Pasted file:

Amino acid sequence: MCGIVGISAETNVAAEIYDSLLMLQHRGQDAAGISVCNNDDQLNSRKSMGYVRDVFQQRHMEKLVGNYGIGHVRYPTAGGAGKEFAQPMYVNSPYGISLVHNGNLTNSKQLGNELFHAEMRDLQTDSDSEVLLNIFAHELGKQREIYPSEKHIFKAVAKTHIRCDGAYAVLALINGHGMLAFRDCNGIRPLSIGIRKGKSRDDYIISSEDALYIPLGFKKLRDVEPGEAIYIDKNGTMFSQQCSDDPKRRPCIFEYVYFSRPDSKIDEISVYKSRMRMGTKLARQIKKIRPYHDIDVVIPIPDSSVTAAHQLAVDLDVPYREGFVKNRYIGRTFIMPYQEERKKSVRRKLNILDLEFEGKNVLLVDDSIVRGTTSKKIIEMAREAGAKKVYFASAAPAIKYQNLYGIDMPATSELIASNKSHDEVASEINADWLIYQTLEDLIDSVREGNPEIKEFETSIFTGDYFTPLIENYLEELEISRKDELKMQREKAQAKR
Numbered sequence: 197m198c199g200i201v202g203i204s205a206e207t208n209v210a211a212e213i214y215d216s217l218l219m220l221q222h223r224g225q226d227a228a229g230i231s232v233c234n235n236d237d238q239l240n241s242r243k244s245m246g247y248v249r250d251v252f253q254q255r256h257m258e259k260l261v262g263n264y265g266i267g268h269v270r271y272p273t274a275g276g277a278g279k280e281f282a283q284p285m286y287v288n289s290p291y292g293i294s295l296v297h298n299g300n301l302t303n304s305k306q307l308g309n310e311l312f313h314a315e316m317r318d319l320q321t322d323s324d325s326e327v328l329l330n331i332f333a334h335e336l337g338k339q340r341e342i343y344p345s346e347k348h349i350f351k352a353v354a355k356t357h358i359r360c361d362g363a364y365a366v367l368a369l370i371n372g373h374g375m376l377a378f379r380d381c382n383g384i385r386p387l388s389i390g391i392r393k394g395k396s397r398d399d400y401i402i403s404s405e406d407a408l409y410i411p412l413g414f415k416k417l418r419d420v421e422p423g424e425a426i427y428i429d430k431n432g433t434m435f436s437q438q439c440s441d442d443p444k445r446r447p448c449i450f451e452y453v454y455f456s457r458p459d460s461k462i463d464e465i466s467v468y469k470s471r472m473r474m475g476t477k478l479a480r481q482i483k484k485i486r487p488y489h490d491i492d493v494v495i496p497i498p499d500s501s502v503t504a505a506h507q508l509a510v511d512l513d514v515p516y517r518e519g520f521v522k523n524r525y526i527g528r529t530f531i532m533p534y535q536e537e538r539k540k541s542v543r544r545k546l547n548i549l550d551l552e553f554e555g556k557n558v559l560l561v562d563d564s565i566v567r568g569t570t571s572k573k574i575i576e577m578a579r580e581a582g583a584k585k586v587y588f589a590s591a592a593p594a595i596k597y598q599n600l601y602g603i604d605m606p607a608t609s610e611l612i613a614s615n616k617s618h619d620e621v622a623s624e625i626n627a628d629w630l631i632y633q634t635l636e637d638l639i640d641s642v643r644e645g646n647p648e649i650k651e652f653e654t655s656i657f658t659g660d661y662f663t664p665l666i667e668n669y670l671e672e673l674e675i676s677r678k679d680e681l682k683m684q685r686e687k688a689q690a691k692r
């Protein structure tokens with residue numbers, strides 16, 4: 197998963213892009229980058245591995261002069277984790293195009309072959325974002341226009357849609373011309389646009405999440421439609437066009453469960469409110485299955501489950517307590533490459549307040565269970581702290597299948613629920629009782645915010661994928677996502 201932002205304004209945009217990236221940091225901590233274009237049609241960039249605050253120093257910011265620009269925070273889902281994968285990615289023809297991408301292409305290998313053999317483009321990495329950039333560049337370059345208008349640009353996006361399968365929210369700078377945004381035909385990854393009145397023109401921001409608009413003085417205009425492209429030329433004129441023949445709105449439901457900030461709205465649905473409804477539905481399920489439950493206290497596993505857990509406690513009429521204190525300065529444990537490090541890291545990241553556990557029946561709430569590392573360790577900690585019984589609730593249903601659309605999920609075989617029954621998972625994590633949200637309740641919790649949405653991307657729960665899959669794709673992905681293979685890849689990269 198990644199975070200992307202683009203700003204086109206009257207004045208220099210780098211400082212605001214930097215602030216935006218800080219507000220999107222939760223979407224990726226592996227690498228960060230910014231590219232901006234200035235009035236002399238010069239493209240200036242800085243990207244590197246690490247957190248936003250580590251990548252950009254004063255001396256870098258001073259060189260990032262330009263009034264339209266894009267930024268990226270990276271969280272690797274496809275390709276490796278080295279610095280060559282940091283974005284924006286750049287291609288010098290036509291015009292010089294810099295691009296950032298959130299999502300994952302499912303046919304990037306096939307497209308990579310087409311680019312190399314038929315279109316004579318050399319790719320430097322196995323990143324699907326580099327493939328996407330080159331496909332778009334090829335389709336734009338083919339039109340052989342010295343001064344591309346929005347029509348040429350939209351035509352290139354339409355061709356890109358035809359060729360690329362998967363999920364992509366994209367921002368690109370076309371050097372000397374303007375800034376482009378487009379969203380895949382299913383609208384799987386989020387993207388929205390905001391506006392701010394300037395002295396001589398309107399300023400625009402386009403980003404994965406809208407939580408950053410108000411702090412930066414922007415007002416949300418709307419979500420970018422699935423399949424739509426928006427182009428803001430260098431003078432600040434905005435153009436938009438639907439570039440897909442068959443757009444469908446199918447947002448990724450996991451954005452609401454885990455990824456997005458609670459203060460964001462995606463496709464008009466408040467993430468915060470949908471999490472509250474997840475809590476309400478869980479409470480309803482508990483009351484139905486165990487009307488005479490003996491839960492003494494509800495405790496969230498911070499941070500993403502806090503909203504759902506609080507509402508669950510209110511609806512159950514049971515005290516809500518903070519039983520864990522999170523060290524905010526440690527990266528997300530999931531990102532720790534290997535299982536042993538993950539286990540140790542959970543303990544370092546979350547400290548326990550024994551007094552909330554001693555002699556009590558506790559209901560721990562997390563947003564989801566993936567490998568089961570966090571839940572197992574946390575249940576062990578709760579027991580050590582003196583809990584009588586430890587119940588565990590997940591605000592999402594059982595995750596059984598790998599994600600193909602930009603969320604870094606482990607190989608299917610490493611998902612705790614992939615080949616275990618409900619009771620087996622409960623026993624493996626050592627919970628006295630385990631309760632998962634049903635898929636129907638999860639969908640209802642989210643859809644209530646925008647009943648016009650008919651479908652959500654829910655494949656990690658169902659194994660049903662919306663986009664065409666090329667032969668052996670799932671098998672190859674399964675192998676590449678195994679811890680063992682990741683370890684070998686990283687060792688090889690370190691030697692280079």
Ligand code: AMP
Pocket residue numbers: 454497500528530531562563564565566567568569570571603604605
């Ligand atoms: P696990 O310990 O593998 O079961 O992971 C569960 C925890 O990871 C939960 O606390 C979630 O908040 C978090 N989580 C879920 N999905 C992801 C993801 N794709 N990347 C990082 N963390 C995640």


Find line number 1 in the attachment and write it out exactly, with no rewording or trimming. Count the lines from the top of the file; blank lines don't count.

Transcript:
Amino acid sequence: MCGIVGISAETNVAAEIYDSLLMLQHRGQDAAGISVCNNDDQLNSRKSMGYVRDVFQQRHMEKLVGNYGIGHVRYPTAGGAGKEFAQPMYVNSPYGISLVHNGNLTNSKQLGNELFHAEMRDLQTDSDSEVLLNIFAHELGKQREIYPSEKHIFKAVAKTHIRCDGAYAVLALINGHGMLAFRDCNGIRPLSIGIRKGKSRDDYIISSEDALYIPLGFKKLRDVEPGEAIYIDKNGTMFSQQCSDDPKRRPCIFEYVYFSRPDSKIDEISVYKSRMRMGTKLARQIKKIRPYHDIDVVIPIPDSSVTAAHQLAVDLDVPYREGFVKNRYIGRTFIMPYQEERKKSVRRKLNILDLEFEGKNVLLVDDSIVRGTTSKKIIEMAREAGAKKVYFASAAPAIKYQNLYGIDMPATSELIASNKSHDEVASEINADWLIYQTLEDLIDSVREGNPEIKEFETSIFTGDYFTPLIENYLEELEISRKDELKMQREKAQAKR